Another bag review
It’s about form, form and function. It’s about the stuff we use day-to-day. It’s also about good grammar, or, at least, knowing when to splice a comma.
It’s one of the brands that sparks insane loyalty from me, Timbuk2. I have, maybe three or four of the company’s bags, and to this day, the oldest is still the best. It’s a canvas messenger bag (style), which has held up for more than a dozen years. I even gave it away only to have it return less than a year later. I keep swearing I’ll move to just using a backpack, but that hasn’t manifested yet. I did, for a while, same brand, and I can’t let go of that pack because it went to Europe, not to mention countless Texas excursions.
Unpacking at the coast one time, I recall, week’s groceries, and me, with that bag across my back, as I squatted, the accumulated weight just pulled me over backwards in the parking lot. I got laughed at.
Wasn’t a big deal, much mirth.
I’ve tried, over the years, to replace this bag. So far, nothing has come close. I did use, same brand, backpack for a year, as an interim solution to back problems, but it comes back to value, portage ability, and adjustable volume. I can carry enough for a week, or just enough for a day at work. A weekend of working travel, or a week of fun. Works well all the way around.
Canvas “feels” warmer than nylon, the preferred, more waterproof, pack material. Essentially, though, “nylon” is plastic, right? And plastic is all derived from oil-petroleum-based products, long strings of polymers blended and fitted together. While strong, resilient, waterproof, the nylon lacks that feel of canvas.
Back in the day, the best of the best in rain gear for motorcyclists was British, waxed canvas over coats. Rain gear. Buttoned then zipped all the way up and over. The waxed “Egyptian” cotton was rated as the best for both thermal, waterproof, and emotional considerations. Riding motorcycles in the rain is not my idea of fun. I recall sitting under an overpass on the interstate, waiting on a summer squall to pass over. Water on the roadway had a detrimental effect on the coefficient of friction.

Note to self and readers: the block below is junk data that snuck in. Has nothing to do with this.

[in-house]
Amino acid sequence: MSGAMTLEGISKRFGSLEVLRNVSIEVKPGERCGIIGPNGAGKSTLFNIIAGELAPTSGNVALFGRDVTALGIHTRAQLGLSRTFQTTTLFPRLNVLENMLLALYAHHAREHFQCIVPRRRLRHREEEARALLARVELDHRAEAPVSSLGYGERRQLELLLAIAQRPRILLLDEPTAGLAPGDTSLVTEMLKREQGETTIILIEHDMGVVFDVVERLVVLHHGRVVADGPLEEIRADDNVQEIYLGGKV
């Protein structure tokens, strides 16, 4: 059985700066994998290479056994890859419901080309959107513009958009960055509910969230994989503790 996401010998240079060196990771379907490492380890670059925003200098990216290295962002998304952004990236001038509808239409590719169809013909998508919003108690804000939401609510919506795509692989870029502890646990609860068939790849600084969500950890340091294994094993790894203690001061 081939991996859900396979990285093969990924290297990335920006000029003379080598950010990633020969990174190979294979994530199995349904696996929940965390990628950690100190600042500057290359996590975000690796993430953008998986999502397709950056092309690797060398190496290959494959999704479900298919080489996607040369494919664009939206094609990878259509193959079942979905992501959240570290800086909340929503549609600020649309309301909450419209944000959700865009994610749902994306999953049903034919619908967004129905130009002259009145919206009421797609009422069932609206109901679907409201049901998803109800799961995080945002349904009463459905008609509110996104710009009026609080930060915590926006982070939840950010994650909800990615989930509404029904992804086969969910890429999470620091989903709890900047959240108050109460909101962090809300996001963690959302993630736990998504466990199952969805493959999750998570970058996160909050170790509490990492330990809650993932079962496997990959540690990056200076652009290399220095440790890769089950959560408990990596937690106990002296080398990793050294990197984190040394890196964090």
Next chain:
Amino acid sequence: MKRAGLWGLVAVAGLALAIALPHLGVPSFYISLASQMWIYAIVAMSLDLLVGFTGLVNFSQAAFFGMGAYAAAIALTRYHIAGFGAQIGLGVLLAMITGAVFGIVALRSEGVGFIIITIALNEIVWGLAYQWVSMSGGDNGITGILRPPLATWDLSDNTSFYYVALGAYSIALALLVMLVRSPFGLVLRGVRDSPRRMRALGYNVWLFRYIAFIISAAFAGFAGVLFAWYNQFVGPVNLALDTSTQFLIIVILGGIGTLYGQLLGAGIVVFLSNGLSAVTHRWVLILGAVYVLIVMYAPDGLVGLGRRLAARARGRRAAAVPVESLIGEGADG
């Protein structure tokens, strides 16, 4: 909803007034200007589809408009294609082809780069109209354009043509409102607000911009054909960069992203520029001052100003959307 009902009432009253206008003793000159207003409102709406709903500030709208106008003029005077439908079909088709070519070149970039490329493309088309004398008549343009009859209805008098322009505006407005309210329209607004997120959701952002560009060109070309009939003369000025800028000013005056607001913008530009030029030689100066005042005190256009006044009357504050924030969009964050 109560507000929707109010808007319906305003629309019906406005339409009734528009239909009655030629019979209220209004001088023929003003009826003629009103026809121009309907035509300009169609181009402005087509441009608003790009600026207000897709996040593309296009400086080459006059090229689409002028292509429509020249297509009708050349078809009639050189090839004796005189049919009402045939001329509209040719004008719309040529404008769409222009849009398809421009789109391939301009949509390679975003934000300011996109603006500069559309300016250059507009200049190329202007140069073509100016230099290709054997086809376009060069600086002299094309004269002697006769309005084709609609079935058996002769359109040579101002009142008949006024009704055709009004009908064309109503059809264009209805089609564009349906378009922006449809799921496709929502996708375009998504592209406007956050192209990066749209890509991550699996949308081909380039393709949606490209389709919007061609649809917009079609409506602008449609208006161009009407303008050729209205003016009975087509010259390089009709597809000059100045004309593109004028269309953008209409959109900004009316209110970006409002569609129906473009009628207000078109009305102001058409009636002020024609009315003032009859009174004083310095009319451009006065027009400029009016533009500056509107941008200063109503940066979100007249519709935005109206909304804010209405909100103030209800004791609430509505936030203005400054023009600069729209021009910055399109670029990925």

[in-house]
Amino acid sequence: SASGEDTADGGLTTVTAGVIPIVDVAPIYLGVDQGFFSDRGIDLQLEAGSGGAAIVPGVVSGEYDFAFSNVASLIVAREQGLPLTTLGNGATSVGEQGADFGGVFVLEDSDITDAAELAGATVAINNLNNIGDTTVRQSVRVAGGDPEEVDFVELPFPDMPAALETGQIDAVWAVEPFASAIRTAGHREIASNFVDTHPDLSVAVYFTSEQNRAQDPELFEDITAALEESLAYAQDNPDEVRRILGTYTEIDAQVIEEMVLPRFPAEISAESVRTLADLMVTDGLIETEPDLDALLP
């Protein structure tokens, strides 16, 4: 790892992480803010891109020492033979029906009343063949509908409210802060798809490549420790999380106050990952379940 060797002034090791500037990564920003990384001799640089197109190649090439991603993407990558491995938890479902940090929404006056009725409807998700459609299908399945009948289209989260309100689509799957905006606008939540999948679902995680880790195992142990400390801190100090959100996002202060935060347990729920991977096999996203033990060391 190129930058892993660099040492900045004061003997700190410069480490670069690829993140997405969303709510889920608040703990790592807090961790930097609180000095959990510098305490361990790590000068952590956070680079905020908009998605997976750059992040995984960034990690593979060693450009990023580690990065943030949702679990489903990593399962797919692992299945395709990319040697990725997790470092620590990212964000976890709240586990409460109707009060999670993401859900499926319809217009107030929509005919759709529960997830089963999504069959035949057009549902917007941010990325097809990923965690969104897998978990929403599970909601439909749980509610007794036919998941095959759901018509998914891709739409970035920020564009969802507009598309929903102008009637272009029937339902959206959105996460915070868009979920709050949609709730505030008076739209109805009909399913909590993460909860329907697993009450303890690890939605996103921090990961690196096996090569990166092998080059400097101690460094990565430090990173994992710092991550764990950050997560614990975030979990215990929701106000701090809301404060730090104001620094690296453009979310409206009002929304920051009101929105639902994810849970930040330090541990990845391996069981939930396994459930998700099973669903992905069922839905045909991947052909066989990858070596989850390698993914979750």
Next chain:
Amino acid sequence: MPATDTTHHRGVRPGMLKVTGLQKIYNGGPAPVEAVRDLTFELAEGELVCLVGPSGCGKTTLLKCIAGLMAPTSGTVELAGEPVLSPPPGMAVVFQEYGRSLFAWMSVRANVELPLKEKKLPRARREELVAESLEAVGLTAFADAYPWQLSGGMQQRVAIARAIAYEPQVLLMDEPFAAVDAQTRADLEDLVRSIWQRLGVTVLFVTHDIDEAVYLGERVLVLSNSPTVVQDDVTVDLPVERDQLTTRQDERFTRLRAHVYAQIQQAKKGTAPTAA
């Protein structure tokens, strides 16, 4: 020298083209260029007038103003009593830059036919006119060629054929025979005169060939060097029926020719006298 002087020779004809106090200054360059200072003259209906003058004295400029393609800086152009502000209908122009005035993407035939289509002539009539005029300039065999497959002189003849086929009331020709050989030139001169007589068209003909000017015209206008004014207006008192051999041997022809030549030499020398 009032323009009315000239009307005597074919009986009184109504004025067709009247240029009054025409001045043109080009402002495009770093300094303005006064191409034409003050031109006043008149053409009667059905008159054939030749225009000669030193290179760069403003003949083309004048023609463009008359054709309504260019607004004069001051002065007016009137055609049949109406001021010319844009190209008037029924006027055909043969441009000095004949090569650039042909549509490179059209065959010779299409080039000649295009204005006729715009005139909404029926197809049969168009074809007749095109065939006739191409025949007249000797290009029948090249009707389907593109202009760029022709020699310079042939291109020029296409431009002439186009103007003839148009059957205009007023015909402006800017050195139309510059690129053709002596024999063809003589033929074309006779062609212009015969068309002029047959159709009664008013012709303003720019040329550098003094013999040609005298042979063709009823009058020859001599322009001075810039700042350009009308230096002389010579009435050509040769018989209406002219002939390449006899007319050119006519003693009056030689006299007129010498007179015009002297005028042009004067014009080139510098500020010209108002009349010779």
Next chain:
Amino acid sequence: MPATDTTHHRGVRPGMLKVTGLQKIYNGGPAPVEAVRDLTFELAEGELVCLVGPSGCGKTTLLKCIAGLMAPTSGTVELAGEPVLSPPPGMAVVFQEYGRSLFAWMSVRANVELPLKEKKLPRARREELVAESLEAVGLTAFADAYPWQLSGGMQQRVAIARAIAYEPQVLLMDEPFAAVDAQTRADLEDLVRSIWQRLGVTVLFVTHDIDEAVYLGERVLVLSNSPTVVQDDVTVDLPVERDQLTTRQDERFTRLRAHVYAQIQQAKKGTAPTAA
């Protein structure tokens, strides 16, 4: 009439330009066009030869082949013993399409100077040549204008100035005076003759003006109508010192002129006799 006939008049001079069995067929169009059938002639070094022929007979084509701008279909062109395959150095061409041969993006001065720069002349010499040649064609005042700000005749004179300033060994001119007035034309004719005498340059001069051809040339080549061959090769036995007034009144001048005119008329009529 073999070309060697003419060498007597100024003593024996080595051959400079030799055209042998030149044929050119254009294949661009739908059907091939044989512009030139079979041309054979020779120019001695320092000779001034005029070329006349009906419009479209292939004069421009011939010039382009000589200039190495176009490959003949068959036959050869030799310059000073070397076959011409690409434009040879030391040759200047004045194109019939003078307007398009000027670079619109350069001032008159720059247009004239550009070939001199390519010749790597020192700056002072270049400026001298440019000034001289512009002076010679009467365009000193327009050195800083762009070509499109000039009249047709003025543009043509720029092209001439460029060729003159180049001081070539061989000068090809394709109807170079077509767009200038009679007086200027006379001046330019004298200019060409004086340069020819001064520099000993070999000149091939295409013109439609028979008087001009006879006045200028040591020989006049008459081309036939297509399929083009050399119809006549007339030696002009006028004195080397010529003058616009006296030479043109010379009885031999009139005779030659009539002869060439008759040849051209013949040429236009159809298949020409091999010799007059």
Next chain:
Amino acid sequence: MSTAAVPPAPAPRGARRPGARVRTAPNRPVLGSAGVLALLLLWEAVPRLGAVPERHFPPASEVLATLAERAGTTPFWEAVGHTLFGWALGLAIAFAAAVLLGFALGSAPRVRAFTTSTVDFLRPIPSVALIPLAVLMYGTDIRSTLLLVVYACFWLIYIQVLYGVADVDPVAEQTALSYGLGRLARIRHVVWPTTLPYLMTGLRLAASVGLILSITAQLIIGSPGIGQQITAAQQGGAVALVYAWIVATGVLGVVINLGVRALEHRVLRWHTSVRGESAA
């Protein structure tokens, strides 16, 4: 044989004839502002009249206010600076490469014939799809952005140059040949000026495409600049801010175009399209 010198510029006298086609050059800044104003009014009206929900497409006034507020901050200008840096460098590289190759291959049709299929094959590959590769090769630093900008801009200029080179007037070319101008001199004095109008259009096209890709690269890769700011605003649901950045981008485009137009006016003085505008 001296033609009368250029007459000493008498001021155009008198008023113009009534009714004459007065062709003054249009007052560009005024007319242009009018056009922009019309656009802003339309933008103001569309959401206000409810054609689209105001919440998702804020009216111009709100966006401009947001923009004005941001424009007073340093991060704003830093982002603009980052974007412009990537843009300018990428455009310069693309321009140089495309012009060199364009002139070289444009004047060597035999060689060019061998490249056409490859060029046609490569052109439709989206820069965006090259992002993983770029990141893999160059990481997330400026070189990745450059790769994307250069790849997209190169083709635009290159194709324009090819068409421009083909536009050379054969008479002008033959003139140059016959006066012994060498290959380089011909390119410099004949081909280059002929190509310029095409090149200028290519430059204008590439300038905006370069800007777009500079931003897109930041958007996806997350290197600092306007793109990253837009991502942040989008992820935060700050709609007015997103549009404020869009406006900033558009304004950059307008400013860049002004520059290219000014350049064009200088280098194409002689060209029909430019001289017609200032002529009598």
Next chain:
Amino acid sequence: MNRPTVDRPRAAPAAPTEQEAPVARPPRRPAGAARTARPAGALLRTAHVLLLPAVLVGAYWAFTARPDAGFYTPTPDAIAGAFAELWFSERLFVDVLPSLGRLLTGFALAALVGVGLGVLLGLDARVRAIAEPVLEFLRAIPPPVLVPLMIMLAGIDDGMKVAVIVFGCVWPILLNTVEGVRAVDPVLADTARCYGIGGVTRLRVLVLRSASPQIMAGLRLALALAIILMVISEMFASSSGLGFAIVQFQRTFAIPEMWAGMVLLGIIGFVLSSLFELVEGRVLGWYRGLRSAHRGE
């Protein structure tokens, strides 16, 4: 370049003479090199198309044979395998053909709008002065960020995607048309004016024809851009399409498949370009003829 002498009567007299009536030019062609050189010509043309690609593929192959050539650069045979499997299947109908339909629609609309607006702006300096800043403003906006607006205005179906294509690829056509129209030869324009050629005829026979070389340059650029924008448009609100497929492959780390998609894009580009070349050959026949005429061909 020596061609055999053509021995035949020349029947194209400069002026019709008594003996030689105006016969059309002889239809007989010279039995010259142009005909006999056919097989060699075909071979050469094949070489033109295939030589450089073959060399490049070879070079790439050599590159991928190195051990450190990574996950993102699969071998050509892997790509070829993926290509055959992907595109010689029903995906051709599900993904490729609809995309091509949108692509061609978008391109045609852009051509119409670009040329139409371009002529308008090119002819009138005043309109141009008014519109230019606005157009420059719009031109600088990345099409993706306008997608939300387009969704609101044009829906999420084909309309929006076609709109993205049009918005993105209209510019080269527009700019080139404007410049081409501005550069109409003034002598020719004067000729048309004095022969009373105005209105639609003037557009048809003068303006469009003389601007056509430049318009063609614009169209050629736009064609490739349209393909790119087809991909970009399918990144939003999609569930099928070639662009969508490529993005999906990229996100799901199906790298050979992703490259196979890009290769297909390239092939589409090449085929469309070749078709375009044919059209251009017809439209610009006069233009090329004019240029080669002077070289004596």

Sitting on the airplane, the little magazine with its insipid catalog of ridiculous travel goodies, I tend to see an ad for a “notebook computer” backpack, briefcase, messenger bag. My bag is usually in the overhead rack, that same canvas shoulder bag, and I keep thinking I need a new one. Why replace something that isn’t broken, isn’t anywhere need the end of its useful life, and has more miles than most cars?
That old and worn bag, I own two pieces of luggage that are older, one is a briefcase made by saddle maker from Montana, and the other is a hard-side, classic Halliburton suitcase.
Love that warm, worn look.
The shoulder bag takes a beating, and still continues to serve. It has numerous pockets for various accoutrements, still, the fundamental package is a large space where I can drop cables, connectors, a laptop, a jacket, books, tablets, other crap. Groceries, on occasion.
That old, worn bag? Useful. Works. Outlasted several other bags. The soft, worn look, rugged and useful? The only serious wear and tear is fraying on the shoulder strap.
Language is like that old bag. Archaic, out-dated, old and yet, still useful. The bag is designed to carry up to a 16-inch laptop, but as laptops get smaller and lighter, the bag is almost overkill, but not quite. It still accommodates a winter load or summer stash. Rigged and worn, still functional.
Language stretches to accommodate changing circumstances.